Sensorless Start-up and Control of Permanent Magnet Synchronous Motor with Long Tieback
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- Institutt for elkraftteknikk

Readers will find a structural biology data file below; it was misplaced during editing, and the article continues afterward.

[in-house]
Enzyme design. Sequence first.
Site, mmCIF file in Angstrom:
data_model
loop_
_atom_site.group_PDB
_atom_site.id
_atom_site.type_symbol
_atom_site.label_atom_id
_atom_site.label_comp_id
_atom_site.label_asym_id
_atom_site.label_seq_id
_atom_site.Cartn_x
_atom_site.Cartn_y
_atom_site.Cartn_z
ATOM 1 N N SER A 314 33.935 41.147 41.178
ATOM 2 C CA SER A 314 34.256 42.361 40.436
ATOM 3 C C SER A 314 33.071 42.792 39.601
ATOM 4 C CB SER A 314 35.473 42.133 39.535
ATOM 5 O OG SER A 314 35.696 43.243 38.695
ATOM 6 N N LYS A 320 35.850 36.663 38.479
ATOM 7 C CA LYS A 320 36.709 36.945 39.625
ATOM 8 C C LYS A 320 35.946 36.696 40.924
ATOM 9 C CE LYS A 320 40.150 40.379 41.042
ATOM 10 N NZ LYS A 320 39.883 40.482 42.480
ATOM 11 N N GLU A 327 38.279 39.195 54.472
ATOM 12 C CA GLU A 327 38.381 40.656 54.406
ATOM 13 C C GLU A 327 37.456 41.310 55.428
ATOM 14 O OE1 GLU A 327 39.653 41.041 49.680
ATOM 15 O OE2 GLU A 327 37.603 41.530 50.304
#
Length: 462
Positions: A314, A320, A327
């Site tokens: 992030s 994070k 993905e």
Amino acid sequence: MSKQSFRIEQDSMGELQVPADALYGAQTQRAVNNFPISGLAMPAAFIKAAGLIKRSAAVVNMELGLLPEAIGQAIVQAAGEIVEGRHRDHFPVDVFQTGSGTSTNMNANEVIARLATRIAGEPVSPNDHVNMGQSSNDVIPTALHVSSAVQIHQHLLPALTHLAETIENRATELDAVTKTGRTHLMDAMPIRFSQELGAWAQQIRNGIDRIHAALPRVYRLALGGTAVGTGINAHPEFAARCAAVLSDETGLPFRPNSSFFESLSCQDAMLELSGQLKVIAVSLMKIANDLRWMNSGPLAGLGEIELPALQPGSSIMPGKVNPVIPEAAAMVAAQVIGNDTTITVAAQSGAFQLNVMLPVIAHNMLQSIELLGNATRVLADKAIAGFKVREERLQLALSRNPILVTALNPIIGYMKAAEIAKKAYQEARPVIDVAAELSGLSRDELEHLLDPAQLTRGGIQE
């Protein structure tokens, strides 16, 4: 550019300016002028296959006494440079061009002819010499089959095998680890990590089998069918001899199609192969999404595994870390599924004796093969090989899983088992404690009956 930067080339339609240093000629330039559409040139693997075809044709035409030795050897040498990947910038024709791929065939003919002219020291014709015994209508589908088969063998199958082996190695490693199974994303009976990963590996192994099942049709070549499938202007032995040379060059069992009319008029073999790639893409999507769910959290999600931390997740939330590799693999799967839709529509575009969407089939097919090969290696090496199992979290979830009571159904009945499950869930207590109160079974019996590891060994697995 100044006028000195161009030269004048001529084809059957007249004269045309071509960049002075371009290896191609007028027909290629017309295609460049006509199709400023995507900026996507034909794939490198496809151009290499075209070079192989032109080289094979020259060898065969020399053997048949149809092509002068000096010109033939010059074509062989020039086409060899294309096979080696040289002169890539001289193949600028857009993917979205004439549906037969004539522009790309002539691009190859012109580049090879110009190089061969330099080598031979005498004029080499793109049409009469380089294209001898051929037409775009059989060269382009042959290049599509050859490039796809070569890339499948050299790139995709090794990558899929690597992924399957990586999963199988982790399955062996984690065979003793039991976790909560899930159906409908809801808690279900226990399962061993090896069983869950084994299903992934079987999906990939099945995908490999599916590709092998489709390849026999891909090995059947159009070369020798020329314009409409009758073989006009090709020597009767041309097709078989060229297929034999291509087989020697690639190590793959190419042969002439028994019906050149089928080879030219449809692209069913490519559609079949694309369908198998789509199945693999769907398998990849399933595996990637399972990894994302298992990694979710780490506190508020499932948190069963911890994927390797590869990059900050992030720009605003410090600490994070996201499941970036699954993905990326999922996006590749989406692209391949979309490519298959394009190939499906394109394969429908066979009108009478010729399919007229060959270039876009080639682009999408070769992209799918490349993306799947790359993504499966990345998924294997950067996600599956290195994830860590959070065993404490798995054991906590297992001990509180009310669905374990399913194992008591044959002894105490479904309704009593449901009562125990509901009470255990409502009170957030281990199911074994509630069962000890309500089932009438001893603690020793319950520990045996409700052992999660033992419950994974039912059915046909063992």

The master thesis is a further investigation of the start-up procedure of a permanent magnet synchronous motor operated by variable frequency drive without position feedback via a long cable and transformers; as proposed in the specialization project, fall of 2013. The challenge is how to avoid large saturation in the transformers and motor while achieving the maximum possible starting torque with high cable resistance.In order to model and simulate the electrical system, the simulation software Simulink is used.A theoretical review is conducted in order to understand how to model system components, and how to start-up a permanent magnet synchronous motor while avoiding saturation in the transformer. Using the attained theoretical background, two permanent magnet synchronous motor Simulink models (with and without damper windings), an accurate pump load Simulink model, and three scalar control schemes which includes transmission system components for their control algorithms have been produced. In addition, a vector control scheme using field oriented control and extended Kalman filter for position estimation has been evaluated.A study case comprising of a permanent magnet synchronous motor operated by a variable frequency drive without position feedback via a long cable and transformers has been defined.The purpose of the study case is to study the defined control schemes, the permanent magnet synchronous motor's start-up procedure, and the electrical system's steady state behaviour. This include investigation of input parameter effects on the start-up procedure.The simulation results using the implemented pump load Simulink model shows that accurate load modelling affects the start-up procedure, as additional torque is required due to more rotational friction components.The simulation results of the study case show that the three proposed scalar control methods all are able to start-up the motor successfully, regardless of the initial rotor position. However, stability is not guaranteed at certain speed ranges due to the rise of small system disturbances. It has been shown that stability all through out the entire applied frequency range can be guaranteed by adding damping to the system. This is can be done by either adding transmission system components, motor damper windings, or a stabilization loop via frequency modulation.\peIt has been shown that cable length and applied frequency determines the accuracy of the transmission system voltage drop compensation algorithms of the proposed scalar control schemes. Increase in applied frequency and cable length increases the inaccuracy of the voltage drop compensation algorithms due to the ignored cable capacitance. Assuming that the maximum allowed voltage deviation from the required motor voltage during steady state is 0.1 pu, the longest cable length that can be used with the proposed scalar control schemes is 40 km. An exception is the open-loop scalar control scheme using constant voltage boosting, which can be used for cable lengths up to 20 km, due to its inaccurate calculation assumptions.Additionally, it has been shown that the breakaway torque and the reference frequency ramp slope used by the controllers directly affect the torque oscillations during start-up. Additional torque oscillations can be experienced if the breakaway torque is too high or if the reference frequency ramp slope is too low due to the lack of torque build up, which consequently makes the start-up time higher.The vector controller gave the best performance during load step tests due to its precise control of the rotor field. However, due to the requirement of rotor position feedback, position estimation is required. The investigated position estimation technique, extended Kalman filter is able to estimated speed and position with very little error. However, the initial rotor position is required by the extended Kalman filter algorithm in order to predict states properly.Simulation results show that the vector control scheme offers the lowest possible start time due to its high performance. However, due to the requirement of initial rotor position of the sensorless vector controller, it can not be used during start-up, due to inaccuracies of predicting rotor position at zero speed. This leaves either the partial and delayed open-loop scalar control scheme or the closed-loop scalar control scheme to be the most viable start-up control schemes; as both control schemes offer comparably low start-up times, start-up currents and voltage boosting; which will consequently affect the dimensioning of the transformer. The vector controller can then be implemented after the start-up procedure using the selected scalar control scheme, in order to obtain the optimal controller performance.